Schumann: The Inner Voices of a Musical Genius

Schumann: The Inner Voices of a Musical Genius
By Peter Ostwald with Lise Deschamps Ostwald
Northeastern University Press; 416 pages
A review by R.C. Speck

To most classical music lovers, Robert Schumann will always be a prominent 19th century romantic composer who happened to be mentally ill. To Peter Ostwald, however, in his recently updated biography Schumann: the Inner Voices of a Musical Genius, Schumann is a sufferer of mental illness who happened to be a prominent composer. Originally published in 1985, this book contains an additional chapter (by Ostwald’s wife Lise Deschamps Ostwald) which sheds light on Schumann’s stay at a mental hospital before his death; little was known of this stay until now.

This comprehensive work primarily chronicles Schumann’s tragic mental illness. Ostwald, a physician himself, takes seriously any of the man’s ailments or complaints no matter how trivial and attempts to fit them into the broader picture of Schumann as psychiatric patient. So, headaches, earaches, insomnia, rheumatism, STDs, the problematic third finger of his right hand, and other medical problems get mentioned, often repeatedly. Of course, so do psychiatric symptoms such as depression and hallucinations, of which Schumann had many.

Schumann in this case is as much patient as he is biographical subject. Ostwald provides a clear distinction between psychoanalysis and psychobiography, and clearly this work is an example of the latter. Nevertheless, Ostwald offers much Freudian psychoanalysis of Schumann, delving into oedipal relationships, unconscious desires, father/mother figures, and repressed sexuality. Ostwald even supposes that Schumann’s suicidal leap into the Rhine “symbolized rebirth and the wish for magical reunion with an all-powerful parent.” The chapter on Schumann’s most glorious and fruitful period as a composer is called “Plateau, 1845–1849.” The penultimate chapter focuses on “the problem of diagnosis.”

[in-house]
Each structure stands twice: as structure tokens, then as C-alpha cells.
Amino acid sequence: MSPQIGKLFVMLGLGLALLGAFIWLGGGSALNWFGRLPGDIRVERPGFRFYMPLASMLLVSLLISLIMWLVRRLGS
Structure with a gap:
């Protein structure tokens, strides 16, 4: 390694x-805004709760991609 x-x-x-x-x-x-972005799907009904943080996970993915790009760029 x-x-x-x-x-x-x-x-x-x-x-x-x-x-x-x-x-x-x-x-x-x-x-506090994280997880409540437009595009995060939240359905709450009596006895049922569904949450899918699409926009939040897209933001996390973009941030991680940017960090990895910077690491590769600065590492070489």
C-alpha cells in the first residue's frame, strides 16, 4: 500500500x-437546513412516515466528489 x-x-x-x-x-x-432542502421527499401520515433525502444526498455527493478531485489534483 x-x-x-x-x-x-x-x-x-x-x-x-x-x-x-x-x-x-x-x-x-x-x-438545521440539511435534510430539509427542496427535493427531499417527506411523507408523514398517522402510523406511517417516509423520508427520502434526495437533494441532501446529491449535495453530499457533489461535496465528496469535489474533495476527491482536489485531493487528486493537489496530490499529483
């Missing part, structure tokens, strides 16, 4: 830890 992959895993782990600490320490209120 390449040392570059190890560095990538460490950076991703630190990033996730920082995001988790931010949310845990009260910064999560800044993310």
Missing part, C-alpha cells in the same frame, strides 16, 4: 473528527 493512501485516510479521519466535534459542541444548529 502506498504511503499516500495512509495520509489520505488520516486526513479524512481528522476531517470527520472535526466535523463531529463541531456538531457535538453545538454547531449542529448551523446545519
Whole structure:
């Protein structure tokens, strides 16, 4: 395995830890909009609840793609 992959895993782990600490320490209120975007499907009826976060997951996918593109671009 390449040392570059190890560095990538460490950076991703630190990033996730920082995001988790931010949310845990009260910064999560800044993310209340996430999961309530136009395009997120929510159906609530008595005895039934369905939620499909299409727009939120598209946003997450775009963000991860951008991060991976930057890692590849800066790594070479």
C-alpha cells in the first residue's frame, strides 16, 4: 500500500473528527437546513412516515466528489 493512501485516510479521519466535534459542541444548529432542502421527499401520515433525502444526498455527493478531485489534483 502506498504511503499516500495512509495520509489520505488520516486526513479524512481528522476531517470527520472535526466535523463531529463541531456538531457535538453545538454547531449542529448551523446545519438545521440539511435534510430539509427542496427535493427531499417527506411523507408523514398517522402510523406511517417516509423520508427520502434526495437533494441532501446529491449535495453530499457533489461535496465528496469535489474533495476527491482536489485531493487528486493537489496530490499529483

Of course, Schumann’s music, voluminous writings, and friends and loved ones play crucial roles. His major works, such as Piano Concerto in A Minor, get approximately a paragraph each. Ostwald also explores how music either tempered or was a symptom of Schumann’s madness. Schumann’s wife Clara is portrayed as a beautiful, loyal, tough, and sometimes difficult person as she divides the burdens of motherhood and the concert hall onto each shoulder. Clara is everywhere in this book, as well she should be. Schumann’s own family gets more mention than many of his famous colleagues such as Chopin, Wagner, and Liszt. Only Felix Mendelssohn rises above the minor players, first as a kindly rival of Schumann’s and later as a dear friend and benefactor. The author describes how devastating his and his sister Fanny’s deaths were to both the Schumanns, more so than the death of one of their children.

Ostwald also does justice to Johannes Brahms, who befriended the Schumanns during Robert’s last years of life. Brahms is described as dashing and handsome and full of love for both Robert and Clara. When Clara was forbidden to visit Robert in the hospital (because the doctors feared it would agitate him), it was Brahms who kept the older man company and relayed messages between the spouses.

As we all know, Robert Schumann was hospitalized for insanity in 1854 and died two and a half years later. What we didn’t know until recently was what exactly happened during this period. Notes belonging to the physician running the asylum had curiously disappeared. Since Ostwald’s death in 1996, however, they have reappeared and now shine light on not only Schumann’s tragic decline but also the psychiatric practices of the day.

One is struck by the near-clinical approach taken in this biography. At times it reads like a medical report, as the most personal and painful details of this great artist are placed under the stark light of scientific scrutiny. It is an interesting approach to studying Robert Schumann, the passionate and hyper-emotional genius who typified the Romantic era of Classical music.

This book review appeared in the winter 2010 issue of Quarter Notes, the member magazine of WCPE Radio, The Classical Station. To receive a subscription, become a member today!

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